It might be tempting then to adopt the contrast value as a simple-to-use quality indicator for the reliability of a source. Unfortunately, there are also several cases where relatively low-contrast sources have high S/Ns. This is demonstrated in Fig. 17 right, where source 1251 has a contrast of ~0.15, but a S/N ~ 13.5. We therefore find ourselves in the very difficult situation for this release to be unable to define any combination of parameters that may offer a reliable quality flag for all detected sources. We therefore issue this first release of the Hi-GAL catalogues with a strong caveat; for the moment, there is no easy shortcut to identify the most reliable sources other than attempting combinations of various parameters (which likely may give good results for certain background conditions, but poor results in others) followed by visual inspection of the maps. A blind selection of sources with high S/N will certainly result in reliable samples, but will miss many reliable objects.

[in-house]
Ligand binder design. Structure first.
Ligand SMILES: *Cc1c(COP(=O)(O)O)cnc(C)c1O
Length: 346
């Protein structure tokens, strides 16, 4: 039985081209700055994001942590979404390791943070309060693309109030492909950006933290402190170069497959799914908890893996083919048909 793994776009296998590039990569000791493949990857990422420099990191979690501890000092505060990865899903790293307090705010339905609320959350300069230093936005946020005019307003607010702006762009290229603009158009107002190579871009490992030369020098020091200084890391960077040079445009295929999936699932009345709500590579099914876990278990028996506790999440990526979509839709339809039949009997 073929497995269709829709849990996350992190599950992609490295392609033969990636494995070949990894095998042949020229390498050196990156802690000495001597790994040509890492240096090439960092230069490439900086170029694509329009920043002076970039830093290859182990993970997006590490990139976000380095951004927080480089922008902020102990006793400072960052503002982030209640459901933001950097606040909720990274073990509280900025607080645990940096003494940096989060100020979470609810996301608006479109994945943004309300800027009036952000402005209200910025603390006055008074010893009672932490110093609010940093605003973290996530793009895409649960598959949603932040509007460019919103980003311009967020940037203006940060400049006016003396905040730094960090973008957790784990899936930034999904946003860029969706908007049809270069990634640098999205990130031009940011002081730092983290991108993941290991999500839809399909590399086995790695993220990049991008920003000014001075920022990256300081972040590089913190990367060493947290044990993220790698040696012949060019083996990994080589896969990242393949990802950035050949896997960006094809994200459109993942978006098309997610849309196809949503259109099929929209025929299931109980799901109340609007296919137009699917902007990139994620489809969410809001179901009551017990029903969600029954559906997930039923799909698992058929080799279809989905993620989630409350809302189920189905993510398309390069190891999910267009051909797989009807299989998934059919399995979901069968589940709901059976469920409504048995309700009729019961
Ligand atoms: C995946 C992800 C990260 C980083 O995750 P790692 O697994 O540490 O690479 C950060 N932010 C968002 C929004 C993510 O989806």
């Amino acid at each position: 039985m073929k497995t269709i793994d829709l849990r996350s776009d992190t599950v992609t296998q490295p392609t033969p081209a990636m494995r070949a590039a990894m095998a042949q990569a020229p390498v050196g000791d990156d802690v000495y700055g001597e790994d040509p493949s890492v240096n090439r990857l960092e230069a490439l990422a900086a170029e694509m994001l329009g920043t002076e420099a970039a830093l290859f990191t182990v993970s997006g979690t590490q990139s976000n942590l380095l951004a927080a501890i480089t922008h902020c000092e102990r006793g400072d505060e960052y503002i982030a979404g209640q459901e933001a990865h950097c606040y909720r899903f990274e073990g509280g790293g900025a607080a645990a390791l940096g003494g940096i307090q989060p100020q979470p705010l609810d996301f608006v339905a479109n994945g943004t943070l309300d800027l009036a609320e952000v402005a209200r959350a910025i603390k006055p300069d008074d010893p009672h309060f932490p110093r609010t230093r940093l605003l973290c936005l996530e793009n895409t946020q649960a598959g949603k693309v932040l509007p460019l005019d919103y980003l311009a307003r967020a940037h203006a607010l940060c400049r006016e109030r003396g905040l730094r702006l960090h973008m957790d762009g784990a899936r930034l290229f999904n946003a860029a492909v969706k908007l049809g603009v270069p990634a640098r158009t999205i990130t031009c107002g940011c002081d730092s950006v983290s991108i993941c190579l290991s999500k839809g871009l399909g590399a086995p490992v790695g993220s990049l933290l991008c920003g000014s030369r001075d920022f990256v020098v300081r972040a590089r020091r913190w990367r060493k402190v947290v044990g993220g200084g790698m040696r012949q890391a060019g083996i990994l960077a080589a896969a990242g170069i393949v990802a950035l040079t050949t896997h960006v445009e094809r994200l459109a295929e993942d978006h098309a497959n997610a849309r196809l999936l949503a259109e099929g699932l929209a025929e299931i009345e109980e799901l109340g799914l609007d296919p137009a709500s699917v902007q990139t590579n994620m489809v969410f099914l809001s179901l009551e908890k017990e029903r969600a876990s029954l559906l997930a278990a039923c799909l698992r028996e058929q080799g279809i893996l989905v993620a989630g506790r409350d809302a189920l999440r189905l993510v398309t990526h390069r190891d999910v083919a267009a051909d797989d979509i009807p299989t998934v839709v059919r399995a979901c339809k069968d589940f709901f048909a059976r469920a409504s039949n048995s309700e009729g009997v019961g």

This may be mitigated by cross-matching sources in different bands. The green points in Fig. 16 represent the subset of all sources for which a counterpart can be positionally matched (see Elia et al., in prep.; Martinavarro-Armengol et al., in prep.) in at least two adjacent wavelength bands. The fact that virtually all the green points are above the S/N = 3 line is an indication that a positive match with counterparts in other bands is, at present, most likely the best criterion to ensure the reliability of both the detection and the flux estimate for a source. Several sources that appear with high S/N at 70 and 160 μm in Fig. 16 do not show counterparts in at least three Hi-GAL bands (i.e. the black dots above S/N = 3). For the greater part, these sources have relatively strong counterparts at shorter wavelengths and exhibit SEDs that decrease longward of 100 μm and are not detected at SPIRE wavelengths. More complete statistics in this respect will be presented by Elia et al. (in prep.) and Martinavarro-Armengol et al. (in prep.), who will discuss the Hi-GAL photometric catalogues in the context of ancillary photometric Galactic plane surveys such as ATLASGAL (Schuller et al. 2009), MIPSGAL (Carey et al. 2009), and others. We emphasise once more that some of the sources with S/N ≥ 3 and with counterparts in three adjacent bands (the green points) have integrated fluxes below the completeness limit pertinent to the specific Galactic longitude if the source is located more than 0.30.4 degrees latitude on average off the midplane.